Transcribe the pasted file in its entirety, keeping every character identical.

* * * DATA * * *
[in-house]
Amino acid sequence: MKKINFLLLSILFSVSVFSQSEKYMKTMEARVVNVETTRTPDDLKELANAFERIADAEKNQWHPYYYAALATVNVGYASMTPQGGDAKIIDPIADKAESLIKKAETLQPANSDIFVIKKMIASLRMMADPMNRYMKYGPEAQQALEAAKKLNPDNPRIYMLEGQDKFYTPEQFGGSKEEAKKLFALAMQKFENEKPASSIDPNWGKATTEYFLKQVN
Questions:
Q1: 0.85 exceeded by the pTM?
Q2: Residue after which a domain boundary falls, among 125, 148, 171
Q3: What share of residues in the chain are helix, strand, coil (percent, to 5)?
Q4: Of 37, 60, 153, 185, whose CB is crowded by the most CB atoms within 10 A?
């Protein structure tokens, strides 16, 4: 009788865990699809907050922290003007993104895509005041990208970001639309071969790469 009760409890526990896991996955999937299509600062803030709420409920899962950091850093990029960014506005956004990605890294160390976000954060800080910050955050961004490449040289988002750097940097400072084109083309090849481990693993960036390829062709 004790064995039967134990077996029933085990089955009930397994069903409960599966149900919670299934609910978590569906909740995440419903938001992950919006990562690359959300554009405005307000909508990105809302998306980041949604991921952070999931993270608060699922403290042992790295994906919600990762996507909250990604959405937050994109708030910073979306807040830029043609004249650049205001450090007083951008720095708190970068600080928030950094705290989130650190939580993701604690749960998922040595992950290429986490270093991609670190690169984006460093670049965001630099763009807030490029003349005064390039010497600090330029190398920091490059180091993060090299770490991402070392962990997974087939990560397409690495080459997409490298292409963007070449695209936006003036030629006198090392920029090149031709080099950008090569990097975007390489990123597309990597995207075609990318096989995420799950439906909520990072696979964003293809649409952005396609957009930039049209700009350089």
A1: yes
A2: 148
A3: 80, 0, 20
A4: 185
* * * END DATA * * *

[in-house]
Amino acid sequence: MKKINFLLLSILFSVSVFSQSEKYMKTMEARVVNVETTRTPDDLKELANAFERIADAEKNQWHPYYYAALATVNVGYASMTPQGGDAKIIDPIADKAESLIKKAETLQPANSDIFVIKKMIASLRMMADPMNRYMKYGPEAQQALEAAKKLNPDNPRIYMLEGQDKFYTPEQFGGSKEEAKKLFALAMQKFENEKPASSIDPNWGKATTEYFLKQVN
Questions:
Q1: 0.85 exceeded by the pTM?
Q2: Residue after which a domain boundary falls, among 125, 148, 171
Q3: What share of residues in the chain are helix, strand, coil (percent, to 5)?
Q4: Of 37, 60, 153, 185, whose CB is crowded by the most CB atoms within 10 A?
């Protein structure tokens, strides 16, 4: 009788865990699809907050922290003007993104895509005041990208970001639309071969790469 009760409890526990896991996955999937299509600062803030709420409920899962950091850093990029960014506005956004990605890294160390976000954060800080910050955050961004490449040289988002750097940097400072084109083309090849481990693993960036390829062709 004790064995039967134990077996029933085990089955009930397994069903409960599966149900919670299934609910978590569906909740995440419903938001992950919006990562690359959300554009405005307000909508990105809302998306980041949604991921952070999931993270608060699922403290042992790295994906919600990762996507909250990604959405937050994109708030910073979306807040830029043609004249650049205001450090007083951008720095708190970068600080928030950094705290989130650190939580993701604690749960998922040595992950290429986490270093991609670190690169984006460093670049965001630099763009807030490029003349005064390039010497600090330029190398920091490059180091993060090299770490991402070392962990997974087939990560397409690495080459997409490298292409963007070449695209936006003036030629006198090392920029090149031709080099950008090569990097975007390489990123597309990597995207075609990318096989995420799950439906909520990072696979964003293809649409952005396609957009930039049209700009350089």
A1: yes
A2: 148
A3: 80, 0, 20
A4: 185